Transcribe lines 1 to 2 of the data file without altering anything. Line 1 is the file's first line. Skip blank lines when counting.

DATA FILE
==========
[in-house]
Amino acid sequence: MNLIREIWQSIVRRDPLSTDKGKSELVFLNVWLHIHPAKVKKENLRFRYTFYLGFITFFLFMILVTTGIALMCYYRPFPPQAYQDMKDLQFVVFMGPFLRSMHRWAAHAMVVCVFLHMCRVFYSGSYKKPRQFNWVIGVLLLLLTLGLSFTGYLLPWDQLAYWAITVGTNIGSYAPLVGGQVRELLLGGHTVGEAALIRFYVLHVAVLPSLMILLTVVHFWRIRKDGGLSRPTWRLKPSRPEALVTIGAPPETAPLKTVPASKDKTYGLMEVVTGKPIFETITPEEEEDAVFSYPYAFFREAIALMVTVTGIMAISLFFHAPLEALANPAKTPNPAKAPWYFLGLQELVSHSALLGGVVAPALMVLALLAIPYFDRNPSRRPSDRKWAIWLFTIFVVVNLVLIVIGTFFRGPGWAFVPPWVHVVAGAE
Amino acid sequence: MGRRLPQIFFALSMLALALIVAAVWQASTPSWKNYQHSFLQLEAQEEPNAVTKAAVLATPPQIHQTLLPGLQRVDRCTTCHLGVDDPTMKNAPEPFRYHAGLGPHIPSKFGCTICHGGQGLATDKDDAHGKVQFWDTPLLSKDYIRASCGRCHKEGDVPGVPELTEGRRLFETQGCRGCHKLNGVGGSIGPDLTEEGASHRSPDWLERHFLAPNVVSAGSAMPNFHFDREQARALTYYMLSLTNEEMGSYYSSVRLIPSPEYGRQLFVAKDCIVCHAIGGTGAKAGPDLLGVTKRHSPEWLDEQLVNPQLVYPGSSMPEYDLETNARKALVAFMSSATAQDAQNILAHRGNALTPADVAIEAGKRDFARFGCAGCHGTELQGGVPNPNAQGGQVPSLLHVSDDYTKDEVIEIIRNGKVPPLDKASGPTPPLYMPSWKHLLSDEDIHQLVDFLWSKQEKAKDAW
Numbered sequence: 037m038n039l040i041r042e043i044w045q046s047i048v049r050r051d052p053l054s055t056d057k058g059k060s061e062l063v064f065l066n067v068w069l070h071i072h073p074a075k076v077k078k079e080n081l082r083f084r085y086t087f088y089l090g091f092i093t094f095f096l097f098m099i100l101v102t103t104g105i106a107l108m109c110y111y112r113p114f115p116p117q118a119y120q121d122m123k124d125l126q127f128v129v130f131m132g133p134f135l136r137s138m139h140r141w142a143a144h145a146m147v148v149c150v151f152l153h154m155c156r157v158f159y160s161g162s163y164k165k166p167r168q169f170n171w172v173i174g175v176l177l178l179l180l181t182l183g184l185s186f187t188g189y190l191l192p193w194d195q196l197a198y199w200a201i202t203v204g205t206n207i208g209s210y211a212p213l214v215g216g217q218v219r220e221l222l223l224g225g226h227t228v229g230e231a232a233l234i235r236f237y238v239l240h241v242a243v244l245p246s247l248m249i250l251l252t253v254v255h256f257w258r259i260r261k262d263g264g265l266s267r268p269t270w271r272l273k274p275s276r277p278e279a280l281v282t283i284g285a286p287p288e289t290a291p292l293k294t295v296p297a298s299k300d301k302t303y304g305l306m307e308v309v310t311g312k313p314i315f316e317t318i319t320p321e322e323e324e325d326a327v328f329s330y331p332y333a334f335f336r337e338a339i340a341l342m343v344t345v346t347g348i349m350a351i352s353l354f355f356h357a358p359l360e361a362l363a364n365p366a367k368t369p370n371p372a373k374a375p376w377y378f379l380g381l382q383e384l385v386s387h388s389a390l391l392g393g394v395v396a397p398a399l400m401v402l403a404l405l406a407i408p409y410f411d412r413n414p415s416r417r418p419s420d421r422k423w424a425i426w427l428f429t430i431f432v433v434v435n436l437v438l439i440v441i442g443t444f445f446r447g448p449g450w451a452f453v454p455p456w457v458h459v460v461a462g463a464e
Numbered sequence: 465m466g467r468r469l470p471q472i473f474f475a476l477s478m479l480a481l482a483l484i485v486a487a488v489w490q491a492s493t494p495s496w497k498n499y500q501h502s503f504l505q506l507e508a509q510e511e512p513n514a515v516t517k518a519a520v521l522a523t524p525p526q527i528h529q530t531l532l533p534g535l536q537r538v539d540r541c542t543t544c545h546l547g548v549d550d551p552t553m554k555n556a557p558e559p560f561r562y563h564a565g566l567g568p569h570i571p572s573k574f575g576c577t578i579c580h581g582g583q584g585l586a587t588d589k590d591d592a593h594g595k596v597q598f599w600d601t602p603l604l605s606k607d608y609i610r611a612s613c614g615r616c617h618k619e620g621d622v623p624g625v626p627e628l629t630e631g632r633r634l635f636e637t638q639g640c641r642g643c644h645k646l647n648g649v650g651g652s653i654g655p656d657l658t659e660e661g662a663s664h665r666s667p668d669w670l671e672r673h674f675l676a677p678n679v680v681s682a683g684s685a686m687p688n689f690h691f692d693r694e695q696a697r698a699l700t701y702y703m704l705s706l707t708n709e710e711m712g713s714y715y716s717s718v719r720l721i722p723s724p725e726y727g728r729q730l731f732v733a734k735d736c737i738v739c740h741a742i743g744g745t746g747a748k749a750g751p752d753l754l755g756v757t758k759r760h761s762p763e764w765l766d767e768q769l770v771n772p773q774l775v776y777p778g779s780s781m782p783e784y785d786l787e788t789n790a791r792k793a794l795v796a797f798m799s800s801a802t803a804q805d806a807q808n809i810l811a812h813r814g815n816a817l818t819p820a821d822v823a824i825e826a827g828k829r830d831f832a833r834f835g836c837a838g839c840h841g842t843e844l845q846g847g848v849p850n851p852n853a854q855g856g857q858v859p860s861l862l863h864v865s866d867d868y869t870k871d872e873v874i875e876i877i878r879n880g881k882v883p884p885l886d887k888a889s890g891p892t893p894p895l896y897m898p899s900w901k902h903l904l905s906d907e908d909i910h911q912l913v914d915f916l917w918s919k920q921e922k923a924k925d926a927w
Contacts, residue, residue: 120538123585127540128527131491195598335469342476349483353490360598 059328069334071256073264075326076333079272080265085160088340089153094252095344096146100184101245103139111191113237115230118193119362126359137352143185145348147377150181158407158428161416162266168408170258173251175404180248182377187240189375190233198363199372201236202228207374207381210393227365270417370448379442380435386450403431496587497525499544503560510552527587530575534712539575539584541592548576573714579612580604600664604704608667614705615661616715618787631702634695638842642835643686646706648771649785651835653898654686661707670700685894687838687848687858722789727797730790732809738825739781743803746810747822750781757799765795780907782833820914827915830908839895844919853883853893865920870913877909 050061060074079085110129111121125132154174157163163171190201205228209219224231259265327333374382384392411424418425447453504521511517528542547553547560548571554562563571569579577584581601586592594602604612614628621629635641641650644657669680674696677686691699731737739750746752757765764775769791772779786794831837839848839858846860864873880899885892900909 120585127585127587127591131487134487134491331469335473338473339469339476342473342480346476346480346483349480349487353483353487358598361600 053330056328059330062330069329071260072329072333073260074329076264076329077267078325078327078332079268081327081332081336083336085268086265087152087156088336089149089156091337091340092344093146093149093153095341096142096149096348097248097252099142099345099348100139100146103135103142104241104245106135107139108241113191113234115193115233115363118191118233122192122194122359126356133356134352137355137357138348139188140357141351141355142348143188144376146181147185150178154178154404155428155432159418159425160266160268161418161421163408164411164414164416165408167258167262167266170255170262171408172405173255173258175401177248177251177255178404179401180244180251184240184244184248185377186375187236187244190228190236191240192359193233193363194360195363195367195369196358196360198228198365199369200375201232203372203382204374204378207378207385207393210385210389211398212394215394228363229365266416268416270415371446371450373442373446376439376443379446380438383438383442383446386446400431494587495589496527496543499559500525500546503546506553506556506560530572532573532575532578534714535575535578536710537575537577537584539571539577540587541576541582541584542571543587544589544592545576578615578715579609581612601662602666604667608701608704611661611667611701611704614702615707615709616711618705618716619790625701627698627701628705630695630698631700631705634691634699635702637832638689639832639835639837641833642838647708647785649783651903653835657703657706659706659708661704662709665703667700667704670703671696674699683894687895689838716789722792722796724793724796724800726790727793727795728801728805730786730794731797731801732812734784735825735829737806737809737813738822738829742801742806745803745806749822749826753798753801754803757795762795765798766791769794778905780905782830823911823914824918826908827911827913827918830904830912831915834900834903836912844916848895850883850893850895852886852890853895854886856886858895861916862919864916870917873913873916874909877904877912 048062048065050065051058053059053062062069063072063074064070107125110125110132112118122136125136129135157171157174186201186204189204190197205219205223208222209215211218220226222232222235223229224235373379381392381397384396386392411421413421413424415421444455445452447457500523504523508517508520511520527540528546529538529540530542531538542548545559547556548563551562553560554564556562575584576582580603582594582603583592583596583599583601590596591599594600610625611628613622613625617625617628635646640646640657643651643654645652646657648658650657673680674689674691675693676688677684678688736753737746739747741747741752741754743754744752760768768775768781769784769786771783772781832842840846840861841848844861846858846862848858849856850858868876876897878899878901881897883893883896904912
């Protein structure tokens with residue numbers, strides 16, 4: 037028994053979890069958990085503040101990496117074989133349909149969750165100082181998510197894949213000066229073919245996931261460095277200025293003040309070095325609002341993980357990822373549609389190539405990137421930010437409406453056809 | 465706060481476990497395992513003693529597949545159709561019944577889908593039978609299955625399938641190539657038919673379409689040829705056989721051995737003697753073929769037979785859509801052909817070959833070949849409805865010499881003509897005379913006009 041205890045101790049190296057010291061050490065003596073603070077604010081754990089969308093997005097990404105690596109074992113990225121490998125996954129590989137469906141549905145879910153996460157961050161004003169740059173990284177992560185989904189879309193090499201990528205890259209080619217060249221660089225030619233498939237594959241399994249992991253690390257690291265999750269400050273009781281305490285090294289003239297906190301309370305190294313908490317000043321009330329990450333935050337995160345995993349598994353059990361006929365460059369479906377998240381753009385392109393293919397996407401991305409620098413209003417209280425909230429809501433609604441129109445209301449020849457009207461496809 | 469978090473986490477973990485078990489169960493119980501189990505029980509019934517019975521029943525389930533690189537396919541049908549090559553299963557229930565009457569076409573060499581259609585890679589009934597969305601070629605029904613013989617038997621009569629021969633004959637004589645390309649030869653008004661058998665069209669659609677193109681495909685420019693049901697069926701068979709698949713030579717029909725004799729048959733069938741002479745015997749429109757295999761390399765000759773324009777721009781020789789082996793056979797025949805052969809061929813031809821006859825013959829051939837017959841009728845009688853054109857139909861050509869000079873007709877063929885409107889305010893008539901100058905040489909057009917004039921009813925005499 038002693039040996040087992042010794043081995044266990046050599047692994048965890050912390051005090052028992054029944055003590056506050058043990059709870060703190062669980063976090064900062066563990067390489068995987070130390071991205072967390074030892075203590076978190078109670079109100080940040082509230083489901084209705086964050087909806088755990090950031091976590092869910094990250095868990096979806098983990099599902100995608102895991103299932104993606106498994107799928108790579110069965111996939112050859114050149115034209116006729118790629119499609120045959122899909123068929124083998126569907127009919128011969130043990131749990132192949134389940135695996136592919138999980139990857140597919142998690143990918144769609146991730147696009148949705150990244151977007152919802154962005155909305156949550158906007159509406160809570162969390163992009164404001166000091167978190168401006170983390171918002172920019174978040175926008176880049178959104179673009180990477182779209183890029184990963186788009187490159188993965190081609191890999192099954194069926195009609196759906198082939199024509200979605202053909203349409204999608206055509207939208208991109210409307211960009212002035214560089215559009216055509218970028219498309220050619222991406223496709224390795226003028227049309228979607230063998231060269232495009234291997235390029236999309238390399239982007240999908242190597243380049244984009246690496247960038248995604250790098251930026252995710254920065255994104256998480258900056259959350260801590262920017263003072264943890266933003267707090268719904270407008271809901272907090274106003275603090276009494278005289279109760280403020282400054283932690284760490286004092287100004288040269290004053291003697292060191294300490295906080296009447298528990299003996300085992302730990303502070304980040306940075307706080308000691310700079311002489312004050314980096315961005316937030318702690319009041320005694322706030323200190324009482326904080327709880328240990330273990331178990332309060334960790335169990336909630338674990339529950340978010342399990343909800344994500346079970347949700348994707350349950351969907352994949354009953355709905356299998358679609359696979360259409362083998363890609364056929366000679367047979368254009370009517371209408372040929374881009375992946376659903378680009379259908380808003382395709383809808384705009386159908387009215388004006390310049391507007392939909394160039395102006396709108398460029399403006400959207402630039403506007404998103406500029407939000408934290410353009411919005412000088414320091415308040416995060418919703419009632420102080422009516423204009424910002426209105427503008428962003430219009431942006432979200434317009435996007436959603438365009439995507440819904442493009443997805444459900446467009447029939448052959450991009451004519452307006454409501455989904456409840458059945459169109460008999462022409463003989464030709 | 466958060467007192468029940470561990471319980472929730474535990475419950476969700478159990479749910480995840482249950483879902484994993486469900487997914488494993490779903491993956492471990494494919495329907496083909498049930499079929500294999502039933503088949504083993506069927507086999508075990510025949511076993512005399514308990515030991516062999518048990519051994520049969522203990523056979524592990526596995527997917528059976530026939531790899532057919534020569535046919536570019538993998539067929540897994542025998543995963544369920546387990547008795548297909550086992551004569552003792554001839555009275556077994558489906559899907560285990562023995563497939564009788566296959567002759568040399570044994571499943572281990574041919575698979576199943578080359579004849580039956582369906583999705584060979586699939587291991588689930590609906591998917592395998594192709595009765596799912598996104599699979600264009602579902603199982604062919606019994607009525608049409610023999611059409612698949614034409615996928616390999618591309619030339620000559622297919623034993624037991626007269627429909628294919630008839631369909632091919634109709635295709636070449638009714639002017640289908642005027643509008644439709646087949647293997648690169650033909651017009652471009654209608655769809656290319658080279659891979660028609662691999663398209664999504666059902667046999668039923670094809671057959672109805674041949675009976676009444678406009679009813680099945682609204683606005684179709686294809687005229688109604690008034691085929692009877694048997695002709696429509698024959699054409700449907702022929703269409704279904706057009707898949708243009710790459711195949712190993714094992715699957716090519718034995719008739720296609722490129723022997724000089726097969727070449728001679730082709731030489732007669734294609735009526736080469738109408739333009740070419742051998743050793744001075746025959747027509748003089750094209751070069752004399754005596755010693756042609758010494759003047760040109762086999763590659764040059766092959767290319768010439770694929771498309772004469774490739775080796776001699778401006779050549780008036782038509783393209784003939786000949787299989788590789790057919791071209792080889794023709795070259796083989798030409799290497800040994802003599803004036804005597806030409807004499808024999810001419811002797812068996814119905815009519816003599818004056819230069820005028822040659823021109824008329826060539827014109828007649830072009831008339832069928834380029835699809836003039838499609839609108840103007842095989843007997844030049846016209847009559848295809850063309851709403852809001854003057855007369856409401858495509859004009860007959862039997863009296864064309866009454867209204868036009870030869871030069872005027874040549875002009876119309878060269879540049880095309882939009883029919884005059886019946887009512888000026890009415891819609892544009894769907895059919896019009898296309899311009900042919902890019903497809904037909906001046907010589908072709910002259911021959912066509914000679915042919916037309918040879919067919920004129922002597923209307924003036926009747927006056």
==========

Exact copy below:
[in-house]
Amino acid sequence: MNLIREIWQSIVRRDPLSTDKGKSELVFLNVWLHIHPAKVKKENLRFRYTFYLGFITFFLFMILVTTGIALMCYYRPFPPQAYQDMKDLQFVVFMGPFLRSMHRWAAHAMVVCVFLHMCRVFYSGSYKKPRQFNWVIGVLLLLLTLGLSFTGYLLPWDQLAYWAITVGTNIGSYAPLVGGQVRELLLGGHTVGEAALIRFYVLHVAVLPSLMILLTVVHFWRIRKDGGLSRPTWRLKPSRPEALVTIGAPPETAPLKTVPASKDKTYGLMEVVTGKPIFETITPEEEEDAVFSYPYAFFREAIALMVTVTGIMAISLFFHAPLEALANPAKTPNPAKAPWYFLGLQELVSHSALLGGVVAPALMVLALLAIPYFDRNPSRRPSDRKWAIWLFTIFVVVNLVLIVIGTFFRGPGWAFVPPWVHVVAGAE